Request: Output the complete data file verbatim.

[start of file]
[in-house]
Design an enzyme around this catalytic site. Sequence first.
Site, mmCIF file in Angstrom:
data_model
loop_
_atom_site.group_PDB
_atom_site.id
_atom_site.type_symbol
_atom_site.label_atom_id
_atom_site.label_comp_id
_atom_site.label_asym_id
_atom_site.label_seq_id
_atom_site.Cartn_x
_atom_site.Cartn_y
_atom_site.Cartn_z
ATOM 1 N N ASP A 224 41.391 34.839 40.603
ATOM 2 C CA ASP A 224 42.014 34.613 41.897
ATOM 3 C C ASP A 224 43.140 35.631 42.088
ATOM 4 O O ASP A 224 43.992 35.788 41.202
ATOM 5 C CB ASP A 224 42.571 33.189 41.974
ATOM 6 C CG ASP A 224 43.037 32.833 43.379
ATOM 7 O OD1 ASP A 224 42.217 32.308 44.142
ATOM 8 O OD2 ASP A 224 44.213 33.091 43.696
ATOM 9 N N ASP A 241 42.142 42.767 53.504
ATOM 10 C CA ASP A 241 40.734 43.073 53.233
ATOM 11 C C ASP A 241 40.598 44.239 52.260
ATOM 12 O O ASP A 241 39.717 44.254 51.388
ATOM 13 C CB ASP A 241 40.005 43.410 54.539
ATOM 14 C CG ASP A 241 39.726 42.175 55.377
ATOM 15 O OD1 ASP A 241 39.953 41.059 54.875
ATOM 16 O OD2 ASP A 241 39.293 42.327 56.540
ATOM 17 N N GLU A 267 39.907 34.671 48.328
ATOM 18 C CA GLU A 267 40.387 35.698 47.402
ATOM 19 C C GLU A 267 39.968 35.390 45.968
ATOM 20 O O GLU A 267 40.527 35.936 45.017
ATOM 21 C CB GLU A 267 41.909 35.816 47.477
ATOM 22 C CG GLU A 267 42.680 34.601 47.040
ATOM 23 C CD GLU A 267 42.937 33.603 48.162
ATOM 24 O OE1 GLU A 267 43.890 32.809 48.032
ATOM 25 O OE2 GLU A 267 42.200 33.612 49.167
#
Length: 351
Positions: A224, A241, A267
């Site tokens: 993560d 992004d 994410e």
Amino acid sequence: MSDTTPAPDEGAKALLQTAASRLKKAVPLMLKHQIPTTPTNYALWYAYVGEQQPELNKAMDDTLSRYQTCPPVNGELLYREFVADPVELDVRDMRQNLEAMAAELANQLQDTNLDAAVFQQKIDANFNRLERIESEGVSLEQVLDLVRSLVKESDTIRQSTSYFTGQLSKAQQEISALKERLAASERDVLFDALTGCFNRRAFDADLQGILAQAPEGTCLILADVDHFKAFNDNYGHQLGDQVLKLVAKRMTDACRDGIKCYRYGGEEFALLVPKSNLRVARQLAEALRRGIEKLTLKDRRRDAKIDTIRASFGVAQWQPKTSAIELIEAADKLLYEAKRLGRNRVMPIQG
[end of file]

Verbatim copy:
[in-house]
Design an enzyme around this catalytic site. Sequence first.
Site, mmCIF file in Angstrom:
data_model
loop_
_atom_site.group_PDB
_atom_site.id
_atom_site.type_symbol
_atom_site.label_atom_id
_atom_site.label_comp_id
_atom_site.label_asym_id
_atom_site.label_seq_id
_atom_site.Cartn_x
_atom_site.Cartn_y
_atom_site.Cartn_z
ATOM 1 N N ASP A 224 41.391 34.839 40.603
ATOM 2 C CA ASP A 224 42.014 34.613 41.897
ATOM 3 C C ASP A 224 43.140 35.631 42.088
ATOM 4 O O ASP A 224 43.992 35.788 41.202
ATOM 5 C CB ASP A 224 42.571 33.189 41.974
ATOM 6 C CG ASP A 224 43.037 32.833 43.379
ATOM 7 O OD1 ASP A 224 42.217 32.308 44.142
ATOM 8 O OD2 ASP A 224 44.213 33.091 43.696
ATOM 9 N N ASP A 241 42.142 42.767 53.504
ATOM 10 C CA ASP A 241 40.734 43.073 53.233
ATOM 11 C C ASP A 241 40.598 44.239 52.260
ATOM 12 O O ASP A 241 39.717 44.254 51.388
ATOM 13 C CB ASP A 241 40.005 43.410 54.539
ATOM 14 C CG ASP A 241 39.726 42.175 55.377
ATOM 15 O OD1 ASP A 241 39.953 41.059 54.875
ATOM 16 O OD2 ASP A 241 39.293 42.327 56.540
ATOM 17 N N GLU A 267 39.907 34.671 48.328
ATOM 18 C CA GLU A 267 40.387 35.698 47.402
ATOM 19 C C GLU A 267 39.968 35.390 45.968
ATOM 20 O O GLU A 267 40.527 35.936 45.017
ATOM 21 C CB GLU A 267 41.909 35.816 47.477
ATOM 22 C CG GLU A 267 42.680 34.601 47.040
ATOM 23 C CD GLU A 267 42.937 33.603 48.162
ATOM 24 O OE1 GLU A 267 43.890 32.809 48.032
ATOM 25 O OE2 GLU A 267 42.200 33.612 49.167
#
Length: 351
Positions: A224, A241, A267
């Site tokens: 993560d 992004d 994410e």
Amino acid sequence: MSDTTPAPDEGAKALLQTAASRLKKAVPLMLKHQIPTTPTNYALWYAYVGEQQPELNKAMDDTLSRYQTCPPVNGELLYREFVADPVELDVRDMRQNLEAMAAELANQLQDTNLDAAVFQQKIDANFNRLERIESEGVSLEQVLDLVRSLVKESDTIRQSTSYFTGQLSKAQQEISALKERLAASERDVLFDALTGCFNRRAFDADLQGILAQAPEGTCLILADVDHFKAFNDNYGHQLGDQVLKLVAKRMTDACRDGIKCYRYGGEEFALLVPKSNLRVARQLAEALRRGIEKLTLKDRRRDAKIDTIRASFGVAQWQPKTSAIELIEAADKLLYEAKRLGRNRVMPIQG